Most parents will agree that Singapore has one of the best education systems globally. Our schools closely follow the guidelines set by MOE in order to provide the most well-rounded and comprehensive education for our children. Albeit so, tuition centres and agencies are popular among the Singaporean parents. In view of this, the big question is, is tuition really necessary in Singapore
A common reason why many parents flock to tuition centres and agencies is to improve their children’s competitive advantage. Parents find competition in Singapore is really high as we have a knowledge-based economy. Thus, by enhancing the learning their children receive, parents hope their children will gain an edge for their future career and development. In fact, Singapore is not alone in this. In China, with the massive population size, competition for entrance into good schools and eventually a reputable job is extremely high, even more so than Singapore. As such, almost every Chinese child has a multitude of tuitions on hand. We do agree that tuition is really useful in a child’s learning. It can not only reinforce the learning from school, it can also provide a wider perspective on the subject matter or an alternative way to understand the subject matter better. However, tuition is not necessary for everyone. Some students are blessed to be matched to a school which fits his/her learning style. Some students only require slight help which they can get from their older siblings and parents. The present-day internet is also a very useful platform where students can seek help from. Certainly, as much as these students who can do without tuition, we have identified a few categories of students where tuition are helpful and even necessary. Before introducing these categories of students, we need to clear some myths that parents have about tuition.
Parents must first understand that tuition was never meant to replace school; it plays more of a supplementary role to schools in the aspect of academic. Schools are formal educational institutions which provide learning in a very wide range. They develop students in the aspects of studies, sports, art, music, social skills and network, communication skills, discipline and et cetera. The list goes on. In contrast, tuition only focuses on one aspect of the child’s development, which is the academic aspect. It reinforces what is taught in school, usually by the learning mode of repetition. Schools usually face a time constrain that makes them unable to repeat topics taught. Tuition supports this by providing students another avenue where they can gain deeper understanding of a topic taught in school. Tuition also provides students a chance to gain from having different teachers and adult figures to turn to for advice academically. Thus, the learning that is taking place at the two institutions differs very much.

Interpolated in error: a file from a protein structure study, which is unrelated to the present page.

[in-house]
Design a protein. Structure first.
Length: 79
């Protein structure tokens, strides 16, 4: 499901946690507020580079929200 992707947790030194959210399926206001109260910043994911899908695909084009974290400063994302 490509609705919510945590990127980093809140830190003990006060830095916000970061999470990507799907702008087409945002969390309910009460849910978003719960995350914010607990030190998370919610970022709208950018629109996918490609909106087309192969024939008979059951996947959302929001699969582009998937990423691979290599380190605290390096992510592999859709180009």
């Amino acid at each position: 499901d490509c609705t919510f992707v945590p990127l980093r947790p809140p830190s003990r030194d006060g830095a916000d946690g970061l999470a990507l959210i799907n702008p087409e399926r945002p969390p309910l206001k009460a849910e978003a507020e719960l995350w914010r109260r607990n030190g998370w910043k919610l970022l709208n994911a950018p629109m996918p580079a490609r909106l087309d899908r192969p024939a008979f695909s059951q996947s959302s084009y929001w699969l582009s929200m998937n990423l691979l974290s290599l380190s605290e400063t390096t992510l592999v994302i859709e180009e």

Some parents with the Singaporean ‘kiasu’ spirit may hold the view that tuition does magic for their children’s academics. Surrounded by a myriad of neighbours and relatives whose children are having tuition, they blindly believe in the common trend and rush their child into having tuitions so as not to lose out. Common myths surrounding tuitions are that if the tuition centre or agency boasts impressive scores of a selected few students, and has many branches opened, they are good tuitions. However, parents need to note that it’s quality that matters, not quantity. A tuition business with huge financial backing can open multiple branches across Singapore. Yet the crux is whether there is sufficient focus placed on the education provided. While students’ scores can be a measurement of tuition’s performance, one needs to look into the performance of the unpublished scores, whether weaker students have shown improvements with the tuition, and whether the published scores are from students who are already performing well in school. There are many factors to consider and hence parents should be warned against enrolling their children into tuition blindly.